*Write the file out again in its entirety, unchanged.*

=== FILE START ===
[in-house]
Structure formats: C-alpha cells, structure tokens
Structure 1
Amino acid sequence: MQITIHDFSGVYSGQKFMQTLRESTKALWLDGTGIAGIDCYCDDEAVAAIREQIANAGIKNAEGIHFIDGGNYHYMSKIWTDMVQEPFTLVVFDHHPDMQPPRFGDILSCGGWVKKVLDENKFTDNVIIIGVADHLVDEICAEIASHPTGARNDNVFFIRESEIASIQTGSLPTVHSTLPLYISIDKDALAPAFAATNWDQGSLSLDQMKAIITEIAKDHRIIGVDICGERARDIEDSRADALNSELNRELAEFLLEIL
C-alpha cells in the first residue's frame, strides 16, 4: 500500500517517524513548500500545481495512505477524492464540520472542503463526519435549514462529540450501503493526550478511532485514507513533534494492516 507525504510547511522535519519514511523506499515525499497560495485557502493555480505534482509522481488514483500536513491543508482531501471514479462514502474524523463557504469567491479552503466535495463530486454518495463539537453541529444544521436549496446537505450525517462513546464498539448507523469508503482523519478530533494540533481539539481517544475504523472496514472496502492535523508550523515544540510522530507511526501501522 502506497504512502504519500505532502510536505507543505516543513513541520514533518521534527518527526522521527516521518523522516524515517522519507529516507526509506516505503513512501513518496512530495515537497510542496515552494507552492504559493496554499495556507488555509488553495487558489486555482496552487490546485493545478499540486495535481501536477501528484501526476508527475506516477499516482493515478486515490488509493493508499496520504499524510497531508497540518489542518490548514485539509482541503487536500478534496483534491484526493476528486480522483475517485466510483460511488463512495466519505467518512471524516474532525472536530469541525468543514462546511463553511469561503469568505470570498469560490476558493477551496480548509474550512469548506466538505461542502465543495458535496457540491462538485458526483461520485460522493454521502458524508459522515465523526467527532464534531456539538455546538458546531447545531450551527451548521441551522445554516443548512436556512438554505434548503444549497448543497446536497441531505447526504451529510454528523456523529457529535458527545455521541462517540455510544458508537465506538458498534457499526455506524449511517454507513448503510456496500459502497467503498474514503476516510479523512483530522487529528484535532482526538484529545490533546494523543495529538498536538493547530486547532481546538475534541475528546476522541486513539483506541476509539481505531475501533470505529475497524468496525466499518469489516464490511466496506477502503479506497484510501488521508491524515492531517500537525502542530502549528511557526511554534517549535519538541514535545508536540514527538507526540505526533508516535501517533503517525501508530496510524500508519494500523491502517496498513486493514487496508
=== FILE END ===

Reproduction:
[in-house]
Structure formats: C-alpha cells, structure tokens
Structure 1
Amino acid sequence: MQITIHDFSGVYSGQKFMQTLRESTKALWLDGTGIAGIDCYCDDEAVAAIREQIANAGIKNAEGIHFIDGGNYHYMSKIWTDMVQEPFTLVVFDHHPDMQPPRFGDILSCGGWVKKVLDENKFTDNVIIIGVADHLVDEICAEIASHPTGARNDNVFFIRESEIASIQTGSLPTVHSTLPLYISIDKDALAPAFAATNWDQGSLSLDQMKAIITEIAKDHRIIGVDICGERARDIEDSRADALNSELNRELAEFLLEIL
C-alpha cells in the first residue's frame, strides 16, 4: 500500500517517524513548500500545481495512505477524492464540520472542503463526519435549514462529540450501503493526550478511532485514507513533534494492516 507525504510547511522535519519514511523506499515525499497560495485557502493555480505534482509522481488514483500536513491543508482531501471514479462514502474524523463557504469567491479552503466535495463530486454518495463539537453541529444544521436549496446537505450525517462513546464498539448507523469508503482523519478530533494540533481539539481517544475504523472496514472496502492535523508550523515544540510522530507511526501501522 502506497504512502504519500505532502510536505507543505516543513513541520514533518521534527518527526522521527516521518523522516524515517522519507529516507526509506516505503513512501513518496512530495515537497510542496515552494507552492504559493496554499495556507488555509488553495487558489486555482496552487490546485493545478499540486495535481501536477501528484501526476508527475506516477499516482493515478486515490488509493493508499496520504499524510497531508497540518489542518490548514485539509482541503487536500478534496483534491484526493476528486480522483475517485466510483460511488463512495466519505467518512471524516474532525472536530469541525468543514462546511463553511469561503469568505470570498469560490476558493477551496480548509474550512469548506466538505461542502465543495458535496457540491462538485458526483461520485460522493454521502458524508459522515465523526467527532464534531456539538455546538458546531447545531450551527451548521441551522445554516443548512436556512438554505434548503444549497448543497446536497441531505447526504451529510454528523456523529457529535458527545455521541462517540455510544458508537465506538458498534457499526455506524449511517454507513448503510456496500459502497467503498474514503476516510479523512483530522487529528484535532482526538484529545490533546494523543495529538498536538493547530486547532481546538475534541475528546476522541486513539483506541476509539481505531475501533470505529475497524468496525466499518469489516464490511466496506477502503479506497484510501488521508491524515492531517500537525502542530502549528511557526511554534517549535519538541514535545508536540514527538507526540505526533508516535501517533503517525501508530496510524500508519494500523491502517496498513486493514487496508